Macroeconomics (6th Edition) by Olivier Blanchard, David R. Johnson

By Olivier Blanchard, David R. Johnson

Blanchard provides a unified and international view of macroeconomics, permitting scholars to work out the connections among the short-run, medium-run, and long-run.

From the main fiscal predicament to the finances deficits of the U.S., the precise bins during this textual content were up-to-date to show the lifetime of macroeconomics this day and strengthen the teachings from the types, making them extra concrete and more uncomplicated to know.

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Extra info for Macroeconomics (6th Edition)

Example text

Does a 2010 computer provide 10 times, 100 times, or 1,000 times the computing services of a 1981 computer? How should we take into account the improvements in internal speed, the size of the random access memory (RAM) or of the hard disk, the fact that computers can access the Internet, and so on? The approach used by economists to adjust for these improvements is to look at the market for computers and how it values computers with different characteristics in a given year. Example: Suppose the evidence from prices of different models on the market shows that people are willing to pay 10% more for a computer with a speed of 3 GHz (3,000 megahertz) rather than 2 GHz.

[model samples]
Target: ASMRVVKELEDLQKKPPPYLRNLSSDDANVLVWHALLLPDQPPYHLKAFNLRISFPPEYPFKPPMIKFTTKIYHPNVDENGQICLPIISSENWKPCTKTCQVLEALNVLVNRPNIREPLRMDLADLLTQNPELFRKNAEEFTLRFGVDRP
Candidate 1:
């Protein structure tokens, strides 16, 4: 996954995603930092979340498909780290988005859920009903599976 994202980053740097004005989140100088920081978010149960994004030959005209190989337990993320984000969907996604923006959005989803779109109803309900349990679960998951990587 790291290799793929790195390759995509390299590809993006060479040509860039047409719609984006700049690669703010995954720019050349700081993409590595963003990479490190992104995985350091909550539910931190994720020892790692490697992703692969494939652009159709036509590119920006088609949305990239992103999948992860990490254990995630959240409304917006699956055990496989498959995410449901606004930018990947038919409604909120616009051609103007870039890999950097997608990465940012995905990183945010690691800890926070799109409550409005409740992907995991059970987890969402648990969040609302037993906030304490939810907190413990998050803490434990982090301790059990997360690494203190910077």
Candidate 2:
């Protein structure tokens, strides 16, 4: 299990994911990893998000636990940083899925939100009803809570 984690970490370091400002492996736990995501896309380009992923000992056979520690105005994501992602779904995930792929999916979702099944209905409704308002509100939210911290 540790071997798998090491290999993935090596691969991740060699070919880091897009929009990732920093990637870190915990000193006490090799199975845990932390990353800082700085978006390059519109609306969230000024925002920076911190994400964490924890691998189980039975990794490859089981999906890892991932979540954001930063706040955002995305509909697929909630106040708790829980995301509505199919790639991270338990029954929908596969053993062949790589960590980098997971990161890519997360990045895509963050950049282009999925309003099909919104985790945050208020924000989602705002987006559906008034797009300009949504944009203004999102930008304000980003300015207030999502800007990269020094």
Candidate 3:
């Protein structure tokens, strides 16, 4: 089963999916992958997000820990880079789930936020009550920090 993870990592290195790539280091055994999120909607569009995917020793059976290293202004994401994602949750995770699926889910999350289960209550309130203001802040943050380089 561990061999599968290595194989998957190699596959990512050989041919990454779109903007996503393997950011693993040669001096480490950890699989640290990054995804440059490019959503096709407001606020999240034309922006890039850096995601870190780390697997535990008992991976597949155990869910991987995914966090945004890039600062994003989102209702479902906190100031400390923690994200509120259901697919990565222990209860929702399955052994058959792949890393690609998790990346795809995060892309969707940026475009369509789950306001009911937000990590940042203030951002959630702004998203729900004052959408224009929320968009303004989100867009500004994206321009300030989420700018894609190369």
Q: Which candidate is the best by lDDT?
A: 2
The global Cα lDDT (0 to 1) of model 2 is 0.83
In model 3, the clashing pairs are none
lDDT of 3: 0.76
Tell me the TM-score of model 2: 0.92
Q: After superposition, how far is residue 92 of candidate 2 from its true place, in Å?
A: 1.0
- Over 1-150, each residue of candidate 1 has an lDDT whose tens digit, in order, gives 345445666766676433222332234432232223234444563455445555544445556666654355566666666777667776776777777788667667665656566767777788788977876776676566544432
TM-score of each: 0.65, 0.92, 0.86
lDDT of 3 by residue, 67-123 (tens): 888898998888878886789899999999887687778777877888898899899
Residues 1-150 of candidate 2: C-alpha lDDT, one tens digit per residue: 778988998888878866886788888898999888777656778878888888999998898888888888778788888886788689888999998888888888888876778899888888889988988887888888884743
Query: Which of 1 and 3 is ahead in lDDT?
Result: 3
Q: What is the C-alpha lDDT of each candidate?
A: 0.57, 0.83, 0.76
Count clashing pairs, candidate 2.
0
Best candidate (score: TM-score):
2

Output per person is only $4,300, roughly one-tenth of output per person in the United States. So why is so much attention paid to China? There are two reasons. To understand the first, we need to go back to the number for output per person. When comparing output per person in a rich country like the United States and a relatively poor country like China, one must be careful. The reason is that many goods are cheaper in poor countries. For example, the price of an average restaurant meal in New York City is about 20 dollars; the price of an average restaurant meal in Beijing is about 25 yuans, or, at the current exchange rate, about 4 dollars.

For example, the price of an average restaurant meal in New York City is about 20 dollars; the price of an average restaurant meal in Beijing is about 25 yuans, or, at the current exchange rate, about 4 dollars. Put another way, the same income (expressed in dollars) buys you much more in Beijing than in New York City. If we want to compare standards of living, we have to correct for these differences; measures which do so are called PPP (for purchasing power parity) measures. Using such a measure, output per person in China is estimated to be about $7,500, roughly one-sixth of the output per person in the United States.

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